When you enter the address, you’ll find a description of the applicable utility or utility service. These services fall into three categories:
- residential energy sources and services,
- nonresidential energy sources and services, and
- telecommunications services.
The school districts that impose these taxes, and the applicable tax rates, are detailed in the Schedules B and B-ATT and Schedules T and T-ATT that must be filed as an attachment to your sales tax return. (Note: The Qualified Empire Zone Enterprise (QEZE) exemption is no longer available after September 1, 2009.)
For specific residential rate information, see Publication 718-R, Local Sales and Use Tax Rates on Residential Energy Sources and Services.
New York City taxes on certain services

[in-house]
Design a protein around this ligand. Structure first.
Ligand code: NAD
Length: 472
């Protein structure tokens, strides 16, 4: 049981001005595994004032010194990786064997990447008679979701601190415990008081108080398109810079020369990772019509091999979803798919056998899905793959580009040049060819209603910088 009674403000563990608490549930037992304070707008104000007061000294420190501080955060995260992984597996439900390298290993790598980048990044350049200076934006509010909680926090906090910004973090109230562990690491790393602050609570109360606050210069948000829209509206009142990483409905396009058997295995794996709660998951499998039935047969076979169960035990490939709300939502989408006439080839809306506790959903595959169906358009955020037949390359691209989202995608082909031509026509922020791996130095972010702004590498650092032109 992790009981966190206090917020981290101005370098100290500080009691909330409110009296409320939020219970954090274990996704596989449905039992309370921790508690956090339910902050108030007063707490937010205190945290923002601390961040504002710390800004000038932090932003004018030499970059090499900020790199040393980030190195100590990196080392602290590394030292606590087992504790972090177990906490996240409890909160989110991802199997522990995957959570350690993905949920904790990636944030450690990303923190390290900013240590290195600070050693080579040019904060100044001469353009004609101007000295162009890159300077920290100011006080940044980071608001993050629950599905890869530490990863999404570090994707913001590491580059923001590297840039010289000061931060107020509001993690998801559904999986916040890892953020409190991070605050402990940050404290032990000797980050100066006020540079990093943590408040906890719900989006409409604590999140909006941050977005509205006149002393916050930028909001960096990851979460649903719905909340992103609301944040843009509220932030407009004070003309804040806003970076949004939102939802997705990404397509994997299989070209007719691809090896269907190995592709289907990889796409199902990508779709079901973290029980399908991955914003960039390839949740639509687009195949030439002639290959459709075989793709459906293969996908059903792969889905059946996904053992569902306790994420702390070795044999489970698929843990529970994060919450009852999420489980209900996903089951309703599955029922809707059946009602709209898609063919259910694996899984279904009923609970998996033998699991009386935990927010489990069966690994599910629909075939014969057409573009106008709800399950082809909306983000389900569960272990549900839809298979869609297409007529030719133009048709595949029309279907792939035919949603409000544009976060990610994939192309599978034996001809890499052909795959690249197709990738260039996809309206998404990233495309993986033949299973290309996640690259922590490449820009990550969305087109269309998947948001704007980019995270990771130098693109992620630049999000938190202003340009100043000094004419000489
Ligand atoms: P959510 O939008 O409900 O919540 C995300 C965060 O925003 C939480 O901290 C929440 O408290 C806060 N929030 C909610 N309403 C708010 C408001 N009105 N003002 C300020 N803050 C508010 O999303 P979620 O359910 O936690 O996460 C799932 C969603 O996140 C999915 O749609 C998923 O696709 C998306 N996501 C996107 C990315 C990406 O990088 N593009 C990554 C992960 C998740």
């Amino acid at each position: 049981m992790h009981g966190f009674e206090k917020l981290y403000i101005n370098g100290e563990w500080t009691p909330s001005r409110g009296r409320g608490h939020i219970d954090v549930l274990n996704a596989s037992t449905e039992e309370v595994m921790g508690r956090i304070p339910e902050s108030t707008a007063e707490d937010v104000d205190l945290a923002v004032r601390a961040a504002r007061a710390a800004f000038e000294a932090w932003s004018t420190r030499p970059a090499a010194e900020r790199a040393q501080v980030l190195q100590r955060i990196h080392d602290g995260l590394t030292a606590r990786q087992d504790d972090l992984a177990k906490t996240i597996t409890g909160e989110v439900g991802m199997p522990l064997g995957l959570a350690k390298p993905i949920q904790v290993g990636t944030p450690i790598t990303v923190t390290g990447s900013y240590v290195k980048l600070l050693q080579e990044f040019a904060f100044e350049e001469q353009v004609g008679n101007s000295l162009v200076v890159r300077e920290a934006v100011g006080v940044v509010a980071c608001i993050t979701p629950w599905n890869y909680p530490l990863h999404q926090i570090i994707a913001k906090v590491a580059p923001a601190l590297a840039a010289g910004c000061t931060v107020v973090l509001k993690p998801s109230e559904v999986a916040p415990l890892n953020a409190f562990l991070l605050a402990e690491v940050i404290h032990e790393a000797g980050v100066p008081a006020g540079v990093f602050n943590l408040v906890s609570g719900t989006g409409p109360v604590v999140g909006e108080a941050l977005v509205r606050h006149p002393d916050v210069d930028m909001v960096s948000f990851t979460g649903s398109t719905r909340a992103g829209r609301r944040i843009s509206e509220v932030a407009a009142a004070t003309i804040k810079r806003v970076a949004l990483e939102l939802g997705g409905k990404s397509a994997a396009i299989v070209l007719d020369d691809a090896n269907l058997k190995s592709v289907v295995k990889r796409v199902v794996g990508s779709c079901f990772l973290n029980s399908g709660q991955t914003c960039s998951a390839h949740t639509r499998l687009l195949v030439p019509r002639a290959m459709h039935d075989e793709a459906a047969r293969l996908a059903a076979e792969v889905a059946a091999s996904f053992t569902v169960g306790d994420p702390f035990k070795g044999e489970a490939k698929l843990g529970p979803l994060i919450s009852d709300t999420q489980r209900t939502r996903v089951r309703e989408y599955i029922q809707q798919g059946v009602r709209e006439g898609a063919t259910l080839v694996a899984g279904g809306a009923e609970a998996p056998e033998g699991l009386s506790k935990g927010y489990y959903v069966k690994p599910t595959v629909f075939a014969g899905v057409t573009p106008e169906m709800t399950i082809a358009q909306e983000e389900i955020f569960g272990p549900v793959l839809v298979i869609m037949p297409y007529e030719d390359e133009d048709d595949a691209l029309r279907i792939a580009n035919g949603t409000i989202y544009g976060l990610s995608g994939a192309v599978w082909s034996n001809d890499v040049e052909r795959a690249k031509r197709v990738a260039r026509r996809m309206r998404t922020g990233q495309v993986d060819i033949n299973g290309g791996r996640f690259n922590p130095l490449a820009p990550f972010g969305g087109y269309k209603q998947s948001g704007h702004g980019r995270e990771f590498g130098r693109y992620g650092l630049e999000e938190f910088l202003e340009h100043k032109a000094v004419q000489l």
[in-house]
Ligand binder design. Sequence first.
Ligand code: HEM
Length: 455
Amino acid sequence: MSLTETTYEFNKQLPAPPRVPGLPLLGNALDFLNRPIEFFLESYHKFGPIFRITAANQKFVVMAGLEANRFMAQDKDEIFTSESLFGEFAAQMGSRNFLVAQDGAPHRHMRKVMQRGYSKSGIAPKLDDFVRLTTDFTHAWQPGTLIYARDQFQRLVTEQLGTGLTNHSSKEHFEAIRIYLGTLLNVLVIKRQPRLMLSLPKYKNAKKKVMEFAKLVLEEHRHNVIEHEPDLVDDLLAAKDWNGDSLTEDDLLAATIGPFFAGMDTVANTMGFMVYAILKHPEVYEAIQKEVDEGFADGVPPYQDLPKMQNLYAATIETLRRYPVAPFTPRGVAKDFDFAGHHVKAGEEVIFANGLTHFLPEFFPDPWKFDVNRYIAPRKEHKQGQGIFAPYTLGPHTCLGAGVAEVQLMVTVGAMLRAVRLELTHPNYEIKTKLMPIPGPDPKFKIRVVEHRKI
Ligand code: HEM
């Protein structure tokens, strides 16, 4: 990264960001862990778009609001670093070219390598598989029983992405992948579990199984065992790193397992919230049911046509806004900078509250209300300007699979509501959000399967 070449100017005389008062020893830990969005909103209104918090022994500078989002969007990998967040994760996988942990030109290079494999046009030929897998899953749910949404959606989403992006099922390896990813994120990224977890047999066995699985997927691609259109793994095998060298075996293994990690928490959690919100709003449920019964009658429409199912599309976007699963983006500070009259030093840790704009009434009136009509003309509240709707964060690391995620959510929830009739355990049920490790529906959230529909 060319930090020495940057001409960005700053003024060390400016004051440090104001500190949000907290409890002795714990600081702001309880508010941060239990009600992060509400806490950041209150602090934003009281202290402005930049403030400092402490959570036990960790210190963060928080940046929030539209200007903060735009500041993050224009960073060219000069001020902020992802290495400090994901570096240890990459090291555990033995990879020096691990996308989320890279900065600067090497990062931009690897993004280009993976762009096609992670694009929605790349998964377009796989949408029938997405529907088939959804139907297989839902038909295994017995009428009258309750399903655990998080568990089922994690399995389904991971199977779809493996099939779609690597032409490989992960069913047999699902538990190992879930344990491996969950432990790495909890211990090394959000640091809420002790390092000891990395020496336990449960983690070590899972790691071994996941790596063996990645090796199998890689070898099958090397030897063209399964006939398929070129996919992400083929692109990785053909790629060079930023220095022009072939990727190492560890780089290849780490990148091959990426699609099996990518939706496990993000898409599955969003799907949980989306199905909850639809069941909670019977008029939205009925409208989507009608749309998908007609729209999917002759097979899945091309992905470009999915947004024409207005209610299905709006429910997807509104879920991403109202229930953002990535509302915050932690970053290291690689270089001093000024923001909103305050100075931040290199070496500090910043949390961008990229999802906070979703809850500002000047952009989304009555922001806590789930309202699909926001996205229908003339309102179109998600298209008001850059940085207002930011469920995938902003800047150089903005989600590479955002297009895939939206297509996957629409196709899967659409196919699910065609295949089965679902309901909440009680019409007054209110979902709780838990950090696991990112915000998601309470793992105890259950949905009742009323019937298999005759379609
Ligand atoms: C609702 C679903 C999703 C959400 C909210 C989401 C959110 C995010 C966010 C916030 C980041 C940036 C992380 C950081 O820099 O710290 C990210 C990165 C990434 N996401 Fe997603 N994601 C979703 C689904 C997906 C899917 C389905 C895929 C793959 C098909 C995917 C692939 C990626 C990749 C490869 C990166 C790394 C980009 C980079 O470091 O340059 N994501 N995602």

New York City imposes local sales tax on certain services performed or delivered in New York City, including:
- credit-rating and credit-reporting services;
- beautician, barbering, and hair restoring;
- manicure and pedicure;
- electrolysis; and
- massage services and services provided by weight control and health salons, gymnasiums, Turkish and sauna baths, and similar establishments.
For more information about these taxable services, see the section entitled Sales Taxes Imposed Only within New York City in Publication 750, A Guide to Sales Tax in New York State.
You must file Schedule N, Selected Services in New York City, as an attachment to your sales tax return to report sales and remit the sales tax due on the above services that fall within the special rules for New York City sales. There are three versions of this schedule depending on whether you file annually, quarterly, or part-quarterly (monthly).
Note: Interior decorating and design services performed within New York City are subject to the state portion of the sales tax only and are not subject to the New York City local sales tax. For more information see TSB-M-95(13)S, Repeal of New York City’s Sales Tax on Interior Decorating and Design Services.
Other local taxes